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The Working Life of Christina McKelvie MSP
4th September

Malawi and more


Last week I was in Malawi Ė working (not that that stopped me enjoying the time I had there).  I was on a Westminster Foundation for Democracy visit, helping Malawian politicians build campaigning skills and political engagement along with one of our MPs, Pete Wishart.


I was surprised at some of the differences between politics here and politics there.  Malawian MPs tend to be the driving force behind community activity and their local party organisation takes the place to a great extent of institutions like community councils and tenants organisations.


One thing which has left a lasting impression on me and which I believe has changed my perception of Malawi is the incredible poverty.  Before this trip I had, of course, heard about the poverty in many African countries over and over again but nothing prepared me for actually coming hard up against the reality of it.


The normal life for the majority of people, from those I encountered at least, was subsistence living, getting by from day to day, little planning for the future simply because you donít have time to plan for tomorrow when youíre busy trying to find food for today.


Thereís good news coming, though, in the shape of the Malawian MP who was our host, Aleke Banda, the President of the Peopleís Progressive Movement.  He has been instrumental in bringing in funding for some localised projects which have the potential to deliver some excellent results.


There is, for example, EU funding en route for irrigation projects, there are co-operative farming projects starting up with different communities specialising in different food products in order to maximise yield.  The difficulty they continue to face is the utter destruction of crops by inclement weather Ė an unpredictable and sometimes vicious enemy.  That said, encouraging the trade between communities is helping to rebuild the idea of community and cross-community cooperation.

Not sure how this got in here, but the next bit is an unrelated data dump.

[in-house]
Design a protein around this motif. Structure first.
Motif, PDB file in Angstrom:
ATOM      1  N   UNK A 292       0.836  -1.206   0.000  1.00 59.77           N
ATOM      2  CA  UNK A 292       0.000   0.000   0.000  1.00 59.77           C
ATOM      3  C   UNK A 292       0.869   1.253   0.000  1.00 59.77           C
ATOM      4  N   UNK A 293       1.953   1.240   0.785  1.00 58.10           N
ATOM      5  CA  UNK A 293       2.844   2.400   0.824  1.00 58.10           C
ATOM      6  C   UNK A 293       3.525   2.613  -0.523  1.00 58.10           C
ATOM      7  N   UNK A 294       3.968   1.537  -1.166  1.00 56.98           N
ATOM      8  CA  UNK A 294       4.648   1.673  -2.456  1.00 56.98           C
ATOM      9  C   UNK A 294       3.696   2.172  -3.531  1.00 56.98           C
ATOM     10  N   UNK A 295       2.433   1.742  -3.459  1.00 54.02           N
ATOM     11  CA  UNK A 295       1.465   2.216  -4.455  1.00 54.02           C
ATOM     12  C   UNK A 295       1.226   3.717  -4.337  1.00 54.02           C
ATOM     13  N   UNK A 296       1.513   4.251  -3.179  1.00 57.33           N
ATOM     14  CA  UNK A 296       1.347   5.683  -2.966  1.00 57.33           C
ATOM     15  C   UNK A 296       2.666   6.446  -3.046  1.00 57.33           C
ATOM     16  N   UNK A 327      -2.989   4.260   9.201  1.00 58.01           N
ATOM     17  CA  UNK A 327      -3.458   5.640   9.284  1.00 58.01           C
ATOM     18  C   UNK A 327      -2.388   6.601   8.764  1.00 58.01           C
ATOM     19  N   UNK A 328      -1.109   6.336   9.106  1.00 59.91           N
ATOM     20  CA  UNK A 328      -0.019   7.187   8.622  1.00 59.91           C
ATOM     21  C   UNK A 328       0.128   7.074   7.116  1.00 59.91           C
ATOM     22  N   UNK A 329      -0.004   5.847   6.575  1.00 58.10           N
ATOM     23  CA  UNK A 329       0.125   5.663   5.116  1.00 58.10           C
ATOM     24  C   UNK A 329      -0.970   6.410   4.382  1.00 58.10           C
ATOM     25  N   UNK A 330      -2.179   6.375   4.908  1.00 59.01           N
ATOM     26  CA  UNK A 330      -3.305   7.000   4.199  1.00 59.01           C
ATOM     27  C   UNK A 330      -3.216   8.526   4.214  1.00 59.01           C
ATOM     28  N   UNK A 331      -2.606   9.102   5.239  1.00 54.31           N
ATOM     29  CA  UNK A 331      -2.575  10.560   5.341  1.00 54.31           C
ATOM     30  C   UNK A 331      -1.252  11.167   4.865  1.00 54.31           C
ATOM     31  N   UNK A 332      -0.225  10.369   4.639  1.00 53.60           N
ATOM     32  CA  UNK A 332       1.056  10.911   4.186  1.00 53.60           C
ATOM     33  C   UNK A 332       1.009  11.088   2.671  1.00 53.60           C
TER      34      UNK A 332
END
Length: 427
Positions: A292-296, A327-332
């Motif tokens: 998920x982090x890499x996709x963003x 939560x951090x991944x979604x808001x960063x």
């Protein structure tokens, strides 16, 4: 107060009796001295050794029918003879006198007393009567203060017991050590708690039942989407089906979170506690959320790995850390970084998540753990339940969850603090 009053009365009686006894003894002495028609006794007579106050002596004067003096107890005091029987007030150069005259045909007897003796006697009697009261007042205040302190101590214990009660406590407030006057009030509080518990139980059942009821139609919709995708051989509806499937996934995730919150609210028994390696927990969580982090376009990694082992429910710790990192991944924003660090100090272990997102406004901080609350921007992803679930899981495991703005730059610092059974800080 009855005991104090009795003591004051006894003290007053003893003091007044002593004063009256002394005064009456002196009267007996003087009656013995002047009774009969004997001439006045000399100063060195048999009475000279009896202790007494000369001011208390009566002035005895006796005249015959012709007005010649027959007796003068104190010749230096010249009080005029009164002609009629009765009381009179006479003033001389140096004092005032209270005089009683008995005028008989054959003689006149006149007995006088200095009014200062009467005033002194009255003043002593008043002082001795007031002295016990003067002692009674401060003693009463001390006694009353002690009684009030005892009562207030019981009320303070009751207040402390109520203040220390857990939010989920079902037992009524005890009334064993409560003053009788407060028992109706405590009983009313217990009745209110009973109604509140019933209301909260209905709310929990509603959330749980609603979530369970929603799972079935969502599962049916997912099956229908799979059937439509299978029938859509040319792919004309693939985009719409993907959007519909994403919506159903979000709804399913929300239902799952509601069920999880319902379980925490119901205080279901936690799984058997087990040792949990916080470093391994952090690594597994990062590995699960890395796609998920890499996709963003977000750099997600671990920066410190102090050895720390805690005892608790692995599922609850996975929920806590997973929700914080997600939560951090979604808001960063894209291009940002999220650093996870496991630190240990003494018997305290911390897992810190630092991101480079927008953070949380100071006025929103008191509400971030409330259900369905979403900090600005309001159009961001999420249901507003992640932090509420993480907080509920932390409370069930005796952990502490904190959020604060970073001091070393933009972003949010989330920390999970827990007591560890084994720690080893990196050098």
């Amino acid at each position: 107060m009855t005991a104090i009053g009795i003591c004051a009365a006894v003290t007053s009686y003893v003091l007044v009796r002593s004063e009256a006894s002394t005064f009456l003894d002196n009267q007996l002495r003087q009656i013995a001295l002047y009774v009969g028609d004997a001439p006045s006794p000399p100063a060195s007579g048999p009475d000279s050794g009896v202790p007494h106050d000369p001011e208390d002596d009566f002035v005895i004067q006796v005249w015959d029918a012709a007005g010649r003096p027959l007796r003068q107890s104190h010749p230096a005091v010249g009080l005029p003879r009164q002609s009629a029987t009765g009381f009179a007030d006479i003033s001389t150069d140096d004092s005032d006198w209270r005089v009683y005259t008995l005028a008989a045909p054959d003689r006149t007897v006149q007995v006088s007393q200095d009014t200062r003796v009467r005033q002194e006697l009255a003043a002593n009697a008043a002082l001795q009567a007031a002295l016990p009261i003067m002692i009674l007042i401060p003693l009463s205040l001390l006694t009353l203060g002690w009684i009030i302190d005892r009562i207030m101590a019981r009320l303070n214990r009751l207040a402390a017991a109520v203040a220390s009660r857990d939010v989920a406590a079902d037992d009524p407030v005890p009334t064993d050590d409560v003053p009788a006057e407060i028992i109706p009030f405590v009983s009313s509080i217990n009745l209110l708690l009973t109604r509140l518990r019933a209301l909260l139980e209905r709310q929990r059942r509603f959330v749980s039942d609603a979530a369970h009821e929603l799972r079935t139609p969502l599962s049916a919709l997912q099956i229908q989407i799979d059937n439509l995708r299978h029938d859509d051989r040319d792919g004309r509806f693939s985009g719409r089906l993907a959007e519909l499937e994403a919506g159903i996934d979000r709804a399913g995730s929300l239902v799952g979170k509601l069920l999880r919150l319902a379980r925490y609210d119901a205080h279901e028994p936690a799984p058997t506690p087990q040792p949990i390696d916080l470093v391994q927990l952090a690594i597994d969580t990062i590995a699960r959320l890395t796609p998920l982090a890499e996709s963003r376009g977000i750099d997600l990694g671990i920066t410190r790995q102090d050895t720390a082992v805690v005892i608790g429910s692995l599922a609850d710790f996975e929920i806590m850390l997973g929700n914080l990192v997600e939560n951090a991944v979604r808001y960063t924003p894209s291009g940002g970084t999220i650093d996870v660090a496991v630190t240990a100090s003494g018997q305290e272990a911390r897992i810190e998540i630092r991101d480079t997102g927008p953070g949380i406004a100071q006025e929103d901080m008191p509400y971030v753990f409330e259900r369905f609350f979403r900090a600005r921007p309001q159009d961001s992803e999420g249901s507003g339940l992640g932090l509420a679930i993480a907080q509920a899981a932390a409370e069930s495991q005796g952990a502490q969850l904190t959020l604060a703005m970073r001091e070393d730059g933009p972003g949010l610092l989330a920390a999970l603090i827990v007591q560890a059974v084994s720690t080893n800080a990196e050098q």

Thereís also an organisation Ė a charity Ė known as Maryís Meals which provides food for children to allow them to go to school without having to worry about getting fed.  Itís not a complete solution, but it does move things in the right direction Ė thereís a far higher take-up of primary education now than there was before Maryís Meals got going.  Secondary education is still a bit sparse, mainly because of a lack of secondary schools, it must be said, but there are vocational training centres beginning to show up.  You can read more about Maryís Meals on the charityís website at


Health issues are also a concern.  Iím sure you wonít be surprised to hear that AIDS is still a major killer in Malawi, leaving thousands of orphans Ė many of whom are infected with the virus before they are born.  Itís an issue that has to be addressed on a global level, but it hits you hard when you come face to face with those orphans and realise the kind of future that many of them and many of their communities will be facing.  Education will be important, provision of drugs at less than the prices charged in the western world will be important, and some culture change to allow people to have the self-confidence to take control of their own lives and take decisions about their own lives will be important.


What is certain, though, is that we cannot sit here in our comfort, surrounded by the wealth that cushions Western Europe and the USA, preaching to the people of Malawi about how they should live their lives and organise their communities.  We can offer help and provide support where possible, but the decisions will have to be made in Malawi.


Iíve enclosed a few pictures here.  Iím sure youíll notice that the poverty doesnít mould the people; that they rise above it and get on with life.  The beach hut you see is actually the hotel I was staying in Ė the country is gorgeous.  Pete took some photographs as well and heís promised to send me them, so Iíll see if there are more we can put up next week.


Back home and back into Parliament Ė committees and chamber, including the debate on whether Wendy Alexander should bear the sanction decided by the Standards Committee.  There was also some important work to do, some real politics, and Iím delighted to see the back of that particular case.


We were discussing the Scottish Governmentís childrenís services strategy Ė Getting it Right for Every Child Ė which was, interestingly, inherited from the previous administration and is quite a good idea.  Itís always had cross-party support and it deserves it.  I even complimented the previous Ministers as well as our own!  Strangely enough, that consensus and the commonly agreed way forward for childrenís services (in spite of the wee bits of party politics played in the votes) didnít hit the news but the non-story I mentioned earlier dominated.


Looks like it will fall to people like me to keep telling as many people as possible about all the positive work done in Scotlandís Parliament day after day.





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